19/03/2020 – Air – drive the change — auf Deutsch lesen

Make it fair, clean the air

Jeans often serve as the prime example of fashion’s negative effects on the planet. New technologies enable sustainable alternatives.


Scientist Pavan Manvi of RWTH Aachen University (right) and researcher Dr Jochen Norwig of Covestro with a prototype CO2 synthetic fibre. © Covestro


In early January, Fair Fashion Brands presented their environmentally conscious denims at the Neonyt trade fair in Berlin. Meanwhile, the Aachen Institute for Textile Technology has developed a fibre made from carbon dioxide that could in the future replace Lycra.

Conventional production of clothing has far-reaching negative global impacts on people and the environment.

According to environmental discussions, as much as 35 percent of global cotton output goes into the production of denim. A single kilogram of harvested cotton causes some 1.8kg of CO2 emissions, to say nothing of the huge volumes of water used. Conventional monoculture farming also requires large quantities of pesticides, as a consequence of which insects die and the soil is degraded. Unless adequate protection is provided, workers too will come into contact with these poisonous chemicals, both in the field and during the subsequent fabric washing and bleaching processes. And despite the 2004 ban, sandblasting is still widespread in jeans production, the quartz dust bringing with it extreme health risks to workers’ lungs.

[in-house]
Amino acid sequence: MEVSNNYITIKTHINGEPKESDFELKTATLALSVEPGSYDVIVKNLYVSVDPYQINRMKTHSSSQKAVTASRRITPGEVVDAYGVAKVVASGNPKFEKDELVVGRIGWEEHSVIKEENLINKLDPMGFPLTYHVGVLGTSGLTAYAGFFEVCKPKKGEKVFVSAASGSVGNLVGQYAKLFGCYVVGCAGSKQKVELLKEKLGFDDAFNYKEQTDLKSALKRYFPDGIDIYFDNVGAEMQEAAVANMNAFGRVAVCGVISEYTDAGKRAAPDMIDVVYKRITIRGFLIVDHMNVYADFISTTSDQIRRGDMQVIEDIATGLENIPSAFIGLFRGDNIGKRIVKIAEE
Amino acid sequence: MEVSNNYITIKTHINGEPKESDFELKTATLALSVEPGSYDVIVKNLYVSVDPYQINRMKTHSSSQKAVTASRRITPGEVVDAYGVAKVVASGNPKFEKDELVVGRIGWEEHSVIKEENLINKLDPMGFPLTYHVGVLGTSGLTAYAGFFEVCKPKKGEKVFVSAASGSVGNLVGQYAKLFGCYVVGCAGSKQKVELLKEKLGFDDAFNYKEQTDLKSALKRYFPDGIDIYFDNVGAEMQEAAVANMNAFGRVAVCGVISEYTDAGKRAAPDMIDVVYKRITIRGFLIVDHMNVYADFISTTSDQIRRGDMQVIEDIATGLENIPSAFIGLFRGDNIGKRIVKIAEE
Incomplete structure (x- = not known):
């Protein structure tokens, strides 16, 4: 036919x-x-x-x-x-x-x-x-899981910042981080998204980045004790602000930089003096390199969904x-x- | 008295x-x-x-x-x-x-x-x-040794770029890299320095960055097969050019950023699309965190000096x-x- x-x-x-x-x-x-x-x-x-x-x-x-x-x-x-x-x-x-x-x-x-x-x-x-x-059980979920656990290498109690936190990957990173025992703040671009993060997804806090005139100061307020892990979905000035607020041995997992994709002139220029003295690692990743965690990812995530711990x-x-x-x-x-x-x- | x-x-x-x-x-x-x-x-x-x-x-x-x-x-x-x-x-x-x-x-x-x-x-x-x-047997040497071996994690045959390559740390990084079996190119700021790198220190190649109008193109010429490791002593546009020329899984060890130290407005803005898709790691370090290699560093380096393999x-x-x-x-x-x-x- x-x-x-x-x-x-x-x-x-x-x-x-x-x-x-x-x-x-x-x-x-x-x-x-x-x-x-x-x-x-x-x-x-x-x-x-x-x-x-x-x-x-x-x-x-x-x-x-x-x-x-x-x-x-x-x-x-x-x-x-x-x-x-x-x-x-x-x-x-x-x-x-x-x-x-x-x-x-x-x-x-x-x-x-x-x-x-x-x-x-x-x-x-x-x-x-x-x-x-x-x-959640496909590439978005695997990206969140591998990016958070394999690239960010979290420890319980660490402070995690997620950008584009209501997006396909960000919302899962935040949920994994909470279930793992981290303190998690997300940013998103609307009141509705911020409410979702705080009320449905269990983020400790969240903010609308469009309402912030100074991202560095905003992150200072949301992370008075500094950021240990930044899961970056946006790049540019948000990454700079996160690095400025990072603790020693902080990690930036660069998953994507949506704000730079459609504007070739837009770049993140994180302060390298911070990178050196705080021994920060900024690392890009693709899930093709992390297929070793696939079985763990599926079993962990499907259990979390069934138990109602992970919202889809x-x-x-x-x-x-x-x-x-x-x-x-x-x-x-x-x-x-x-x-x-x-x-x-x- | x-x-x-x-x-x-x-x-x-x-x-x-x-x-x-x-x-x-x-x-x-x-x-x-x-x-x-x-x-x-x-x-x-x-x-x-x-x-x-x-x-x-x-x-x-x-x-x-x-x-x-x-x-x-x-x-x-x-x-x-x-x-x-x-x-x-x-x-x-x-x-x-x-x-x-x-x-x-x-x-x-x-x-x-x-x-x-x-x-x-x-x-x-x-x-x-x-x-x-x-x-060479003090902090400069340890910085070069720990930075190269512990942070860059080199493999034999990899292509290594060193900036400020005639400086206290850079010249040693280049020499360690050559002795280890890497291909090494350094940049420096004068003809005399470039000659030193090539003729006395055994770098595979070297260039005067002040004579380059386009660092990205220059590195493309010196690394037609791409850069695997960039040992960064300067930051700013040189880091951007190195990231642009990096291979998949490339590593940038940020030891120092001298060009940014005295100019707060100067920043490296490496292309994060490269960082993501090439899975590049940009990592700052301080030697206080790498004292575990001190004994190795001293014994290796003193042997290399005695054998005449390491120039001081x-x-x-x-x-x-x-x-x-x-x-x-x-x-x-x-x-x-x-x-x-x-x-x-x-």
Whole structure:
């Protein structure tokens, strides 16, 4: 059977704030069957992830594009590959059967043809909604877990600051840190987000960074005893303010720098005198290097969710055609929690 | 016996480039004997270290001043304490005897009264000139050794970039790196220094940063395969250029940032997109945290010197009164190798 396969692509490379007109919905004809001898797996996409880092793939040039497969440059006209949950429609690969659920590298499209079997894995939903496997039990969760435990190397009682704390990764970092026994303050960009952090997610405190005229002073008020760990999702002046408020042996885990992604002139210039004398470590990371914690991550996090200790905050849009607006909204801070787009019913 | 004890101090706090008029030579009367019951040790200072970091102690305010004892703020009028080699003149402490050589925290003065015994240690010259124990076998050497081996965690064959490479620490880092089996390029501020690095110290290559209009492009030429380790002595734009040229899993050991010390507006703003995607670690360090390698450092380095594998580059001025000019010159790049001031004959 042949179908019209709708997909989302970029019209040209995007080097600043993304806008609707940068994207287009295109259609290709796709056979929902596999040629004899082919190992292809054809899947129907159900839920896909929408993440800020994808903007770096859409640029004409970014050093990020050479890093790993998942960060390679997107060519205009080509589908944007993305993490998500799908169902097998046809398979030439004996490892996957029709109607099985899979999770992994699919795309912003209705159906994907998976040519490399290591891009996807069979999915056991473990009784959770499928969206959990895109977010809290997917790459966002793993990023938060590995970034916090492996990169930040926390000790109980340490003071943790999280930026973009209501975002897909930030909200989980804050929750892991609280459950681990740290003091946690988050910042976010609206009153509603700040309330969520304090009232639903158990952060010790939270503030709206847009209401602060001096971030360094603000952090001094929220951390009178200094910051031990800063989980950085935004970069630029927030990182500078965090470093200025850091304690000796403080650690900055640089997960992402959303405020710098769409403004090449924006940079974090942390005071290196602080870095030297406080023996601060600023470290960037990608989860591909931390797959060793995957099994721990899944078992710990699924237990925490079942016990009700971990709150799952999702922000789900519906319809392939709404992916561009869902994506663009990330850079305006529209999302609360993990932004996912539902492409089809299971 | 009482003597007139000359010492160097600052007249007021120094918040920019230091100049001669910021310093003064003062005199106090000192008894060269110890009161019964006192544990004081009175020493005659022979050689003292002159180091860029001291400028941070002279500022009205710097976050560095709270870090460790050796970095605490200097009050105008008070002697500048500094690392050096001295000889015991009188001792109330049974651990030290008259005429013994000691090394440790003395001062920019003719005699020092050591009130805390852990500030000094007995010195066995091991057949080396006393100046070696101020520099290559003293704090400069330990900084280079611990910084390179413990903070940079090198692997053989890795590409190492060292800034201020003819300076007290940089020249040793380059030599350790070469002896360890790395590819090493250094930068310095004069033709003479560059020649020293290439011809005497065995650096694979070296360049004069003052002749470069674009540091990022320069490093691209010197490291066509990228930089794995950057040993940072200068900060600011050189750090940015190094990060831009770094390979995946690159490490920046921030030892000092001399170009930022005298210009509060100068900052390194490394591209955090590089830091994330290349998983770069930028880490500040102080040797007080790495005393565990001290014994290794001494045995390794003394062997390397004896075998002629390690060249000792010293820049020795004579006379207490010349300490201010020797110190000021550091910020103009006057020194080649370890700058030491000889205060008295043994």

The production of denim, then, is detrimental to the environment in many respects and produces greenhouse gas emissions all the way from the cotton fields to the factory, finishing plant and transportation. And yet there is another way, as the brand Armedangels, for example, has shown. Between 14 and 16 January 2020, the label presented its new collection at the Neonyt fair in Berlin. In its ‘Detox Denim’ line, the Cologne-based company has developed highly fashionable jeans that make no use of pesticides, heavy metals or chlorine. It works alongside GOTS-certified partners and starts with the raw materials themselves. “We all know by now that CO2 levels are the most important indicator of air quality and of global climate change, which is the biggest challenge of the 21st century,” explains Lavinia Muth, Corporate Responsibility Manager at Armedangels. “Organic cotton saves nearly 46 percent of CO2 emissions, improves the fertility of the soil and binds more CO2 into the soil.”

In the textile finishing process, Armedangels avoids the use of poisonous chlorine or harmful potassium permanganate and relies instead on green technologies such as laser finishing and ozone washing. In appearance, the effect is no different from conventional bleaching but according to the brand, lasering yields energy savings of up to 62 percent and savings in water of up to 67 percent. In conventional production, one pair of jeans uses between 1.5kg and 4kg of chemicals, though, and so far organic cotton has just a tiny market share – less than 1 percent.